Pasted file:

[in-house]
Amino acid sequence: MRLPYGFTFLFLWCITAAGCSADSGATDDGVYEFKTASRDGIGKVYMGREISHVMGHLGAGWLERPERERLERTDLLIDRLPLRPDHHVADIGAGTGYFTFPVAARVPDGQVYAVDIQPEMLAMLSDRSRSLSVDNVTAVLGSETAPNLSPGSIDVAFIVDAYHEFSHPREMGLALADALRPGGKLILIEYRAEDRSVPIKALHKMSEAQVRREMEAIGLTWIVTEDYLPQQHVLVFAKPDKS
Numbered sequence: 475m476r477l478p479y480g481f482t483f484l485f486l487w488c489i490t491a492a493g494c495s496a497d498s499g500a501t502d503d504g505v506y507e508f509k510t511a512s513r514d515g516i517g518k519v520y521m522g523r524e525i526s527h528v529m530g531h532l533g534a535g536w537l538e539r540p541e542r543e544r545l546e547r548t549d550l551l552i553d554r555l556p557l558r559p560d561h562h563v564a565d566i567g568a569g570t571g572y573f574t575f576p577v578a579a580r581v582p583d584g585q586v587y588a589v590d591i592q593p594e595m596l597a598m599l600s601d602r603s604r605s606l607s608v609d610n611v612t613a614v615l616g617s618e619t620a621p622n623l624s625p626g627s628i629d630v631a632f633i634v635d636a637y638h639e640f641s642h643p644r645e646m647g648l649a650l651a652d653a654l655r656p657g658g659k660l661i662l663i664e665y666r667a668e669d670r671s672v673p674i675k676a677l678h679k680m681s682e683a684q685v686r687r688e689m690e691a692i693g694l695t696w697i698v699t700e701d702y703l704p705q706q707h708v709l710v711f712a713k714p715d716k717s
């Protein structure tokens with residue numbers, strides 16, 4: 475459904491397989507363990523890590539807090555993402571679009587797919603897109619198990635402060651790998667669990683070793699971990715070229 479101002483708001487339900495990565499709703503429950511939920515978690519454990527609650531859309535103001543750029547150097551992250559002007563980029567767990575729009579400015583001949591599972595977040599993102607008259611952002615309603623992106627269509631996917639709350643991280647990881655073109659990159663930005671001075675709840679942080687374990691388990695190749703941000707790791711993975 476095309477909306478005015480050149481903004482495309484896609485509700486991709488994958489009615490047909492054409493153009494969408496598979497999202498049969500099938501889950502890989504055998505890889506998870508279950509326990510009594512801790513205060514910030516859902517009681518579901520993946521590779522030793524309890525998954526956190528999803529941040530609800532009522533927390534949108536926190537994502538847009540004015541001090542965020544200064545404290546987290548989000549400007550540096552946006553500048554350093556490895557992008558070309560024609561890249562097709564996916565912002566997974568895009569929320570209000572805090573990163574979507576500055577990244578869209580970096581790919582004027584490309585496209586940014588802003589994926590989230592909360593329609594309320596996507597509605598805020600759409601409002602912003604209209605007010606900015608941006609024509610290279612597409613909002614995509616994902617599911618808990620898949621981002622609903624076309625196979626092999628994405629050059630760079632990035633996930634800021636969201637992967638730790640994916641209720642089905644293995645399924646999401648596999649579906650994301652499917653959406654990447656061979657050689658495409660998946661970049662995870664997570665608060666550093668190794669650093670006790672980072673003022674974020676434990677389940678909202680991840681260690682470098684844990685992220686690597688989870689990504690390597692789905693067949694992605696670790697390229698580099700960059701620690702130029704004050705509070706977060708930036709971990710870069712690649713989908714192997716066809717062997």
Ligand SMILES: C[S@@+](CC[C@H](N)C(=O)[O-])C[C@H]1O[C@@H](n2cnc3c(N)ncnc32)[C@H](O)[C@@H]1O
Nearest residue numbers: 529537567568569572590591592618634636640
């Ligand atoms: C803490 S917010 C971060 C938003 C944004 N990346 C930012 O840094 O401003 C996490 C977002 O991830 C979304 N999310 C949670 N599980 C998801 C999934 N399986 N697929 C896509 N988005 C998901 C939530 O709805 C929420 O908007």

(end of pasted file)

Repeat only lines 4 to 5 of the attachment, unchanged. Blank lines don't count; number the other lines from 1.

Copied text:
């Protein structure tokens with residue numbers, strides 16, 4: 475459904491397989507363990523890590539807090555993402571679009587797919603897109619198990635402060651790998667669990683070793699971990715070229 479101002483708001487339900495990565499709703503429950511939920515978690519454990527609650531859309535103001543750029547150097551992250559002007563980029567767990575729009579400015583001949591599972595977040599993102607008259611952002615309603623992106627269509631996917639709350643991280647990881655073109659990159663930005671001075675709840679942080687374990691388990695190749703941000707790791711993975 476095309477909306478005015480050149481903004482495309484896609485509700486991709488994958489009615490047909492054409493153009494969408496598979497999202498049969500099938501889950502890989504055998505890889506998870508279950509326990510009594512801790513205060514910030516859902517009681518579901520993946521590779522030793524309890525998954526956190528999803529941040530609800532009522533927390534949108536926190537994502538847009540004015541001090542965020544200064545404290546987290548989000549400007550540096552946006553500048554350093556490895557992008558070309560024609561890249562097709564996916565912002566997974568895009569929320570209000572805090573990163574979507576500055577990244578869209580970096581790919582004027584490309585496209586940014588802003589994926590989230592909360593329609594309320596996507597509605598805020600759409601409002602912003604209209605007010606900015608941006609024509610290279612597409613909002614995509616994902617599911618808990620898949621981002622609903624076309625196979626092999628994405629050059630760079632990035633996930634800021636969201637992967638730790640994916641209720642089905644293995645399924646999401648596999649579906650994301652499917653959406654990447656061979657050689658495409660998946661970049662995870664997570665608060666550093668190794669650093670006790672980072673003022674974020676434990677389940678909202680991840681260690682470098684844990685992220686690597688989870689990504690390597692789905693067949694992605696670790697390229698580099700960059701620690702130029704004050705509070706977060708930036709971990710870069712690649713989908714192997716066809717062997």
Ligand SMILES: C[S@@+](CC[C@H](N)C(=O)[O-])C[C@H]1O[C@@H](n2cnc3c(N)ncnc32)[C@H](O)[C@@H]1O